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Taming the Sicilian from the publisher "Everyman Chess"

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Title: Taming the Sicilian Author: Nigel Davies
Language: English Pages: 144
Cover: Paperback Published: 2002
Publisher: Everyman Chess Homepage:
Price: £ 14,99 ISBN: 1-85744-301-2
Reviewed by: Soren Sogaard Date: 17/1 2003

Quick-Review: Taming the Sicilian

Many chessplayers have troubles finding a good answer to The Sicilian Defence and therefore they avoid the Open Sicilian and instead plays 2.Nc3 or 2.c3. Now Grandmaster Nigel Davies has another suggestion on how to "tame the Sicilian" with a setup with g3 and Bg2.

A great idea, but if you think you with this setup don't have to study a lot of theory then you will be disappointed ;-) Of course you cannot play the open Sicilian without having to know a lot of theory, and Davies is very honest about this in the introduction and give the reader good advice on how to use the book:

  1. Familiarise yourself with the basic patterns by playing through the games at speed. At this stage you should ignore the notes and sub-variations.
  2. Play these lines in quick games at your local club or on the Internet.
  3. Look up the lines that occurred in your games and cross-check your play against the lines I recommend.
  4. Repeat steps 2 and 3 for a month or two.
  5. Study the book more carefully, working from cover to cover and making notes about any point of interest. Analyse the points of interest.
  6. Adopt your new weapon in competitive games and matches.
  7. Analyse your competitive games to establish what happened and whether either side could improve.



As always with the opening books from Everyman Chess each chapter starts with an introduction followed by illustrative games. At the end of each you find a short "Summary" which I find is very revealing (that it is short!) considering the fact that many of the opening books from Everyman Chess you find the same information in the summary as in the introduction. The book is round up with "Index of Variations" and  "Indexes of complete games".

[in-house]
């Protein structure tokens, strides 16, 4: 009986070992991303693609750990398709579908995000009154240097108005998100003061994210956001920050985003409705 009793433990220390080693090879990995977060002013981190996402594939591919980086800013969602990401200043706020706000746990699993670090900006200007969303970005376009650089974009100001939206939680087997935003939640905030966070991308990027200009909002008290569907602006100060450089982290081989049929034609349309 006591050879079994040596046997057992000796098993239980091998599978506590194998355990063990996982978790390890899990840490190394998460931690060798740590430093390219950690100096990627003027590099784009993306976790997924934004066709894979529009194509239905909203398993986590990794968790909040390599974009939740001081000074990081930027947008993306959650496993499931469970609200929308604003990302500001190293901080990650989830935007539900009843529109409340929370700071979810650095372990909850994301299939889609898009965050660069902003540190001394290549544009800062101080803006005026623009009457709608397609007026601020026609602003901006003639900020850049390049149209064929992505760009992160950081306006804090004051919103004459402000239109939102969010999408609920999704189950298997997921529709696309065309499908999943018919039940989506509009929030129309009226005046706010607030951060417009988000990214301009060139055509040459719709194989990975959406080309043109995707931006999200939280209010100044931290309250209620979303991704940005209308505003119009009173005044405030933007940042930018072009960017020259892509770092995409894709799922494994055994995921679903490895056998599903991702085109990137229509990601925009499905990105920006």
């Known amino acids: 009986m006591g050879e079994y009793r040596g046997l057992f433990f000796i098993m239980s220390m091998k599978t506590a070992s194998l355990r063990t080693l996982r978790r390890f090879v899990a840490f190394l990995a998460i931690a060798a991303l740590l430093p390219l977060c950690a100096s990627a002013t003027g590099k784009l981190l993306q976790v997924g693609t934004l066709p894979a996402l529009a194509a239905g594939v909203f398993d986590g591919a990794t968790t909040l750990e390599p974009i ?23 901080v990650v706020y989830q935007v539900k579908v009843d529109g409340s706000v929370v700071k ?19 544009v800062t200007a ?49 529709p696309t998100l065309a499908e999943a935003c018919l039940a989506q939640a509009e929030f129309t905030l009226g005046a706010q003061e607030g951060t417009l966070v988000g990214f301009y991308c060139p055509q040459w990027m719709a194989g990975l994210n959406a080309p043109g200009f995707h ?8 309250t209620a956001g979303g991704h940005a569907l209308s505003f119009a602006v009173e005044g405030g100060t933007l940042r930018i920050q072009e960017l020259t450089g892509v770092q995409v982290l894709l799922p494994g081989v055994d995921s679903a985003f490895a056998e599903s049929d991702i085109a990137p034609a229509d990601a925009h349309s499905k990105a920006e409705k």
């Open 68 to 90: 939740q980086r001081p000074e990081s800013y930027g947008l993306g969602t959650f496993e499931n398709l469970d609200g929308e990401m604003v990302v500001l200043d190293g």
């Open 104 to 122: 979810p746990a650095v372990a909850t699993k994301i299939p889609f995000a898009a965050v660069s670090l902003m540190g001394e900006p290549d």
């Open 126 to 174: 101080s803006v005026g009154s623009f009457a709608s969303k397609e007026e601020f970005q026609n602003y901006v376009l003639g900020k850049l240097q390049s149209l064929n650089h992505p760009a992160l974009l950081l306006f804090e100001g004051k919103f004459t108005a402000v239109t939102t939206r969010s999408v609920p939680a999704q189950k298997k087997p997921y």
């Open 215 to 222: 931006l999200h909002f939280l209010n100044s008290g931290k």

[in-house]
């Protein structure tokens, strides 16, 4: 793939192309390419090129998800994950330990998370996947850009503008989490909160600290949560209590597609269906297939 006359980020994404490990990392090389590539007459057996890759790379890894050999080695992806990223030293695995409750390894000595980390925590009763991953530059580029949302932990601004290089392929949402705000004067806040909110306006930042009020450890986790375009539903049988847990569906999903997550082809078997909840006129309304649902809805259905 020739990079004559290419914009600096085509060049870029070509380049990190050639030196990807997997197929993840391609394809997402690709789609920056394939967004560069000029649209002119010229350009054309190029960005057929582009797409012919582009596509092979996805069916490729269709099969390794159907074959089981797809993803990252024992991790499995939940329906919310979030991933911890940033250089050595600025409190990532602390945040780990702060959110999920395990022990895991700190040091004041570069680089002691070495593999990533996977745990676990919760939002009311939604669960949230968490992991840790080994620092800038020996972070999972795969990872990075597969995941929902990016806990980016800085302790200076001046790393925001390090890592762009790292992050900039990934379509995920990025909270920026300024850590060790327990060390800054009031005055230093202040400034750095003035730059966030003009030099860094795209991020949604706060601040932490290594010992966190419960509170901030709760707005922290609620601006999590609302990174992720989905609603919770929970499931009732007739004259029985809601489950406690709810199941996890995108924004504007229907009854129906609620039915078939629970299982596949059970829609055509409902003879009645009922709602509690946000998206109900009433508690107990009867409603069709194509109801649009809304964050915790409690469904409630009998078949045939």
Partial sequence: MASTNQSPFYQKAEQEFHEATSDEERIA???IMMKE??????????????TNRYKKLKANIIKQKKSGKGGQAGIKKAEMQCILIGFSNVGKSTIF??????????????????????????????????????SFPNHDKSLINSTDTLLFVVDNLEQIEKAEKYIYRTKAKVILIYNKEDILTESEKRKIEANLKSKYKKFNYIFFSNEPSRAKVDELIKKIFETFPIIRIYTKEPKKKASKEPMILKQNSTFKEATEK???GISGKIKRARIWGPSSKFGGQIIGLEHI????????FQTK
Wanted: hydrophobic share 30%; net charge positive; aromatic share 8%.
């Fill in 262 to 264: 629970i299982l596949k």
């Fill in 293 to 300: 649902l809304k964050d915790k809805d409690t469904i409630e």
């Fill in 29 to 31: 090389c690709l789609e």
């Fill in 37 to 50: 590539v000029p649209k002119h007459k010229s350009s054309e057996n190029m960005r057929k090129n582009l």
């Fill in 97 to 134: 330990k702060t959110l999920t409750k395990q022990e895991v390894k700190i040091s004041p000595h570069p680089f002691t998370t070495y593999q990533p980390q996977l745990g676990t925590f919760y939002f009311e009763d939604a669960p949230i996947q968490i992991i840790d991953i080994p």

As this is a Quick-Review, I won't go into details about the theory, but going over the book and trying out some of the suggestions I find Davies did a fine job. The book is a repertoire book and I think it is best suited for players up to ELO 2200. I tried the setup in a few games on the net, and it soon turned out that I have to study some theory before using it further ;-) The idea of having a easy setup with g3 and Bg2 is nice, but in practice I think it is difficult to play for White. On the other hand you can find a World Class player like Adams playing it against Anand so if you try it out you are in good company ;-)

If you are looking for a repertoire book against The Sicilian and want to try something new, I can recommend this book by Davies. As you can see from the content each variation only gets 10-20 pages so Davies can't examine every variation, but to start with I think you get the most important variations. At the end I have to warn you about some variations where you can't play the g3-setup like the Pelikan-Sveshnikov Variation. This means that you have to study a great deal of theory and you also have to know in which variations you should avoid playing the  g3-setup.



  1. The Najdorf Variation  (13 pages)
  2. The Classical Variation  (17 pages)
  3. The Scheveningen Variation  (19 pages)
  4. The Paulsen and Taimanov Variations  (15 pages)
  5. The Kan Variation  (9 pages)
  6. The Pelikan-Sveshnikov Variation  (14 pages)
  7. The Löwenthal, Kalashnikov and other ...e7-e5 Lines  (11 pages)
  8. The Dragon and other ...g6 Lines  (17 pages)
  9. Other Lines  (14 pages)



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